Reviewed by Ruth Latta
by Elizabeth Letts
ISBN 9780525622109, Hardcover, $28.00, Feb 12, 2019, 368 Pages
The best historical novels are a type of time travel in which the author takes readers on an entertaining journey into the past, introducing them to real people whom they might otherwise never meet, and subtly educating them about bygone events and mores which impact the present. Elizabeth Letts’ new novel, Finding Dorothy, is a dramatic and heartwarming adventure which takes readers to two past eras: 1939 Hollywood, where The Wizard of Oz is being filmed, and to the late 19th century and the life of Maud Gage Baum.
Ms. Letts’ novel is timely in that 2019 marks one hundred years since L. Frank Baum’s death, fifty years since Judy Garland’s death, and the eightieth anniversary of the musical, The Wizard of Oz. A movie about Judy Garland’s life is also in the works. Finding Dorothy is timely, too, in that it presents women’s concerns that still exist in 2019.
The novel opens when seventy-seven year old Maud Gage Baum goes to Metro Goldwyn Mayer to speak to Louis B. Mayer about The Wizard of Oz. She wants to make sure that the movie, and particularly the character, Dorothy, remain true to the vision of her late husband, L. Frank Baum, the creator of the Wizard and the author of all the Oz books. L.B. Mayer dismisses her by saying that every American has an opinion about how how the film version of the famous book should be presented, but tells Maud she can be on the set to watch the filming.
When Maud hears fifteen year old Judy Garland, who plays “Dorothy”, singing an early version of “Somewhere Over the Rainbow”, she is impressed. With her remarkable voice, Judy captures how it feels to be a young girl longing to grow up and fly away. When she was young, Maud wanted the same thing.
Growing up in Fayetteville, New York, the youngest child of a hardware merchant and a women’s suffrage activist, Maud was an active, outdoorsy child. Her mother, Matilda Joslyn Gage, a contemporary of Susan B. Anthony and other 19th century American feminists, encouraged Maud to wear her brother’s trousers while playing outside after her petticoat got caught on a fence. Though Matilda is ambitious for her daughter, imagining her with a law degree, she has left most of Maud’s day-to-day care to her daughter Julia, ten years Maud’s senior. Julia left Cornell University because of “nerves”; Matilda’s hopes are now pinned on Maud.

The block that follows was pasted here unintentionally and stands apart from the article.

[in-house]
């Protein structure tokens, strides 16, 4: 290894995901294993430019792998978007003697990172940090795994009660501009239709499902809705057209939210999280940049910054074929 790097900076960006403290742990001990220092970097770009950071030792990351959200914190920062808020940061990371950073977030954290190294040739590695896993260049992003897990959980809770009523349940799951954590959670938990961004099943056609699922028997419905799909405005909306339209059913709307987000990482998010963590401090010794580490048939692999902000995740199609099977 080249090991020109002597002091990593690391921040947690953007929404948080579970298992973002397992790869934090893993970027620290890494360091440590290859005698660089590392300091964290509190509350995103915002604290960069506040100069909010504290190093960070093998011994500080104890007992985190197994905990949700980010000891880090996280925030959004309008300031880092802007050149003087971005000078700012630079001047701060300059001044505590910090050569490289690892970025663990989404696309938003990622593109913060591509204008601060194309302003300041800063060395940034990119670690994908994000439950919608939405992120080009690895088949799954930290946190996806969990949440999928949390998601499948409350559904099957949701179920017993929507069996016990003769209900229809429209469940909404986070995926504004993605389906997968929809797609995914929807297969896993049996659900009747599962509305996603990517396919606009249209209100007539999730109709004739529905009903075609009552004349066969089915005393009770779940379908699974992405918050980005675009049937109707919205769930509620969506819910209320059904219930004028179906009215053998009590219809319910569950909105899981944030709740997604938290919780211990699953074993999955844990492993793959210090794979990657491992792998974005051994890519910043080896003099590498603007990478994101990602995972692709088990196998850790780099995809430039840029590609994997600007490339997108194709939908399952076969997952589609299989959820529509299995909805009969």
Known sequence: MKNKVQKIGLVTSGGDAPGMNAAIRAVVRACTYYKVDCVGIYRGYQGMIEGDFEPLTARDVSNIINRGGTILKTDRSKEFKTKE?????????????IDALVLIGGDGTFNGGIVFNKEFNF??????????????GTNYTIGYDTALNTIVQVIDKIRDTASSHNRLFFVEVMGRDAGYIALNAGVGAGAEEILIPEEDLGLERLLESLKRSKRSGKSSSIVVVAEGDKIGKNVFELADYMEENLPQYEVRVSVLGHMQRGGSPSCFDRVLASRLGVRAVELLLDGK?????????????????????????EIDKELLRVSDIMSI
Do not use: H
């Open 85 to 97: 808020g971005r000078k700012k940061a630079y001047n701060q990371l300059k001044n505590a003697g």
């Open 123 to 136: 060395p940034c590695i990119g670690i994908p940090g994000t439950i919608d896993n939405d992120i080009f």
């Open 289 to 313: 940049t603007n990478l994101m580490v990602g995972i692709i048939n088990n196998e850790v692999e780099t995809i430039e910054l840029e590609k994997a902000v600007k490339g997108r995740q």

The lives of girls and women are a major theme of the novel, and include whether university students of the 1880s, prairie pioneers, wives, homemakers, mothers and Hollywood starlets. Although women got the vote in 1920, as Matilda Gage had hoped, male sexual harassment of women was not curbed, but continued into the 20th century, and indeed, abounds in the 21st. In 1880, when Maude enrols at Cornell University, she expects to find freedom, only to discover that the male students, who opposed women attending, control the women’s students lives. Drunken young men serenade under her window, call her “Matilda”, and try to disrupt a lecture her mother has been invited to give on campus. Maud’s roommate, Josie Baum, tells her that women students must be sedate because they are under scrutiny. They should let the “gentlemen” take the lead in conversation, and get to classes early to avoid whistles and cat calls as they enter the lecture theatres. Maud soon sees that she will never fit in among the submissive women students, and will always be seen as her mother’s daughter.
At Christmas, visiting Josie, Maud meets her cousin, Lyman Frank Baum, who owns a touring theatre company in which he participates in all aspects of the productions. He and Maud like each other immediately, but when he asks if he may call on her at her home, Matilda says no, not until the academic year is over. She doesn’t want Maud distracted by a man in a “flighty and unstable profession… For you, first, a diploma; second, a learned man,” she tells her. In the end, Maud leaves university after only one year, marries Frank, and goes on tour with him, enjoying freedom and adventure, for a while.